In navigation applications the angles and sides of spherical triangles have specific meanings.
Sides: When multiplied by the radius of the Earth, are the great circle distances between the points. On a sphere, this is the short distance between two points and is called a geodesic. When one point is the North pole, the two sides originating from that point are the co-latitudes of the other two points
Angles: When one of the points is the North pole, the angles at the other two points are the azimuth or bearing to the other point.
The area of a spherical triangle is related to the sum of the angles in the triangles (always >180 o )
The amount the angles in a spherical triangle exceed 180 o or radians is called the spherical excess and for a unit radius sphere is the area of the spherical triangle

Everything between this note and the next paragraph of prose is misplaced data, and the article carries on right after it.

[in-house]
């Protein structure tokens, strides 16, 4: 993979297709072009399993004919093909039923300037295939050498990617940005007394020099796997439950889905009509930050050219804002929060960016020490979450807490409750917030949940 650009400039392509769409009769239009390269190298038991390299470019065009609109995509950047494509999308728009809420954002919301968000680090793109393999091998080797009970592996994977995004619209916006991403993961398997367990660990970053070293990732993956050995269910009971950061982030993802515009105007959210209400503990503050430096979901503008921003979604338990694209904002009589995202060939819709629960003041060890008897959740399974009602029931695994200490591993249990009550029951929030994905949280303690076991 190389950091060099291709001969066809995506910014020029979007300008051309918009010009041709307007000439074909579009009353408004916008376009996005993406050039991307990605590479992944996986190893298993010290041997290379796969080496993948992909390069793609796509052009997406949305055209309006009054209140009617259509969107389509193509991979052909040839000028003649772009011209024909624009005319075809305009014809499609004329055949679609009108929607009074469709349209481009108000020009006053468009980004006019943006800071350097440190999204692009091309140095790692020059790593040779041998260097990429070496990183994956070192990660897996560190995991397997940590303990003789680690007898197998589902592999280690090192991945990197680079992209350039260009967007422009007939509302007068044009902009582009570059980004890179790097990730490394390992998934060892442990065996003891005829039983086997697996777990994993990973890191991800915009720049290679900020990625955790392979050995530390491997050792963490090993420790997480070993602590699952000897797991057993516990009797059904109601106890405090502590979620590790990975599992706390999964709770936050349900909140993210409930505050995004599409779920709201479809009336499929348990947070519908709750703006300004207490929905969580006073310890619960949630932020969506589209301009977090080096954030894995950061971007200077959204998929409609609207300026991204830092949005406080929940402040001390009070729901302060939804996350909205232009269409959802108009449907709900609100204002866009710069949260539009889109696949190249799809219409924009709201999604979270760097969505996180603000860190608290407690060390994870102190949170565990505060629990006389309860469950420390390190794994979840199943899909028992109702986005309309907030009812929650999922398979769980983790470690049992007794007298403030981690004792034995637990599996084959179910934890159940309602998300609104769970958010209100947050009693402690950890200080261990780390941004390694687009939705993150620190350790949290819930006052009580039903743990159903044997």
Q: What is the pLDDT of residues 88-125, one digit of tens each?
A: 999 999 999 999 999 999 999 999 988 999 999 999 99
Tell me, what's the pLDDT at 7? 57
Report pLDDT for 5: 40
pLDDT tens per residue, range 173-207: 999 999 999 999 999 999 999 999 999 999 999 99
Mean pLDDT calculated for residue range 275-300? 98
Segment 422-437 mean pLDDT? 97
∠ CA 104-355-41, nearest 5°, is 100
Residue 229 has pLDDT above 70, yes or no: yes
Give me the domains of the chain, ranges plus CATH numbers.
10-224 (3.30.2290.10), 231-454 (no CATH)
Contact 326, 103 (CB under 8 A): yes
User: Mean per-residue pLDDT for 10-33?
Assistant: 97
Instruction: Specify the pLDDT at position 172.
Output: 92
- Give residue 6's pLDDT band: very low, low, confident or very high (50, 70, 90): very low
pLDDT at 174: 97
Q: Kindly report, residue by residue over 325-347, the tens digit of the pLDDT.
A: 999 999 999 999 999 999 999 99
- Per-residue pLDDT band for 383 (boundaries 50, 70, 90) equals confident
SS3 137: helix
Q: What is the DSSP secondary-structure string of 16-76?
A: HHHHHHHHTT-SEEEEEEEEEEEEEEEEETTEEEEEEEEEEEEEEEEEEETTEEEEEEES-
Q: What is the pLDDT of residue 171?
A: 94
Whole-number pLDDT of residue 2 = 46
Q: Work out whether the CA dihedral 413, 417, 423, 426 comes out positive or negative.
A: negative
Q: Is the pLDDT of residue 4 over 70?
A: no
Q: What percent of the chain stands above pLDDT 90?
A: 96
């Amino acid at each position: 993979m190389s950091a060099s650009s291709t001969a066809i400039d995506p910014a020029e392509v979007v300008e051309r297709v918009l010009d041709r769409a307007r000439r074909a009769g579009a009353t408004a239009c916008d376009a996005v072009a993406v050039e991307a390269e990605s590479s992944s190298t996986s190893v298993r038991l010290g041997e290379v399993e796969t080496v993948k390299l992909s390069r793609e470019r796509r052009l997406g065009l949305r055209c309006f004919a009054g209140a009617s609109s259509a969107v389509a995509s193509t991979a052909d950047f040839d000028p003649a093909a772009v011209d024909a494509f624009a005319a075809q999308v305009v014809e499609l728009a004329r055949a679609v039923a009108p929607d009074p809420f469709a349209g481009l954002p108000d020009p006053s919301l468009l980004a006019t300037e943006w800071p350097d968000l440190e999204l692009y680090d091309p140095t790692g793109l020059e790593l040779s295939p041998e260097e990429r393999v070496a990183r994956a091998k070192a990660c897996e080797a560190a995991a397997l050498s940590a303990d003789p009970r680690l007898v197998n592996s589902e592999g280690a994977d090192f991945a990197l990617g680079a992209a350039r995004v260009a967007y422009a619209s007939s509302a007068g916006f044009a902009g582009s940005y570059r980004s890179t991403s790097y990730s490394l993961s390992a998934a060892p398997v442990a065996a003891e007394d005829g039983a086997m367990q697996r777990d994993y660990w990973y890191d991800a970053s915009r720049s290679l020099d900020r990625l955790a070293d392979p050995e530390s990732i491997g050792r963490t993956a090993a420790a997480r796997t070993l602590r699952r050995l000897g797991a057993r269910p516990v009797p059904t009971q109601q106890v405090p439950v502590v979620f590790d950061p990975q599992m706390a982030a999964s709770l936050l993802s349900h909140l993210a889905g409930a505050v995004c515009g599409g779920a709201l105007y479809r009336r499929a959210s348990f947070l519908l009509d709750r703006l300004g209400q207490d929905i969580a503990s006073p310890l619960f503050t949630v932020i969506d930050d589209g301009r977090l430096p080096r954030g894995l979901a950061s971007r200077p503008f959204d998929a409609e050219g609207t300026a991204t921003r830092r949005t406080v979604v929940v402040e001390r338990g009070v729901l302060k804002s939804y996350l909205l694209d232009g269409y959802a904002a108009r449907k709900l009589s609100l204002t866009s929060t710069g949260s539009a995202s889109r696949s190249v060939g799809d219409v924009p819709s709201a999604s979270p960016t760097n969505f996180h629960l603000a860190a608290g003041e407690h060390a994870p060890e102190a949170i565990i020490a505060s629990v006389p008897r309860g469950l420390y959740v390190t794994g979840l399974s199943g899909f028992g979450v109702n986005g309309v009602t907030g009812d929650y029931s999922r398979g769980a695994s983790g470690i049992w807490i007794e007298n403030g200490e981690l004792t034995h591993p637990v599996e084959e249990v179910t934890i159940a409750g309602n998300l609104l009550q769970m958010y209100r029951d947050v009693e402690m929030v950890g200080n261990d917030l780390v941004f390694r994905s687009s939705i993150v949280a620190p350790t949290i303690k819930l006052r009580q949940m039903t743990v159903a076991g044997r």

e.g. A spherical triangle can have all angles equal 90 o and so the spherical excess is /2. Such a triangle covers 1/8 the area of sphere. Since the area of a unit sphere is 4 ster-radians, the excess equals the area (consider the triangle formed by two points on the equator, separated by 90 o of longitude).
Spherical trigonometry is used for most calculations in navigation and astronomy. For the most accurate navigation and map projection calculation, ellipsoidal forms of the equations are used but this equations are much more complex and often not closed formed.
In navigation, one of the vertices is usually the pole and the sides b and c are colatitudes.
The distance between points B and C can be computed knowing the latitude and longitude of each point (Angle A is difference in longitude) using the cosine rule. Quadrant ambiguity in the cos -1 is not a problem because the shortest distance between the points is less than 180 o
The bearing between the points is computed from the sine rule once the distance is known.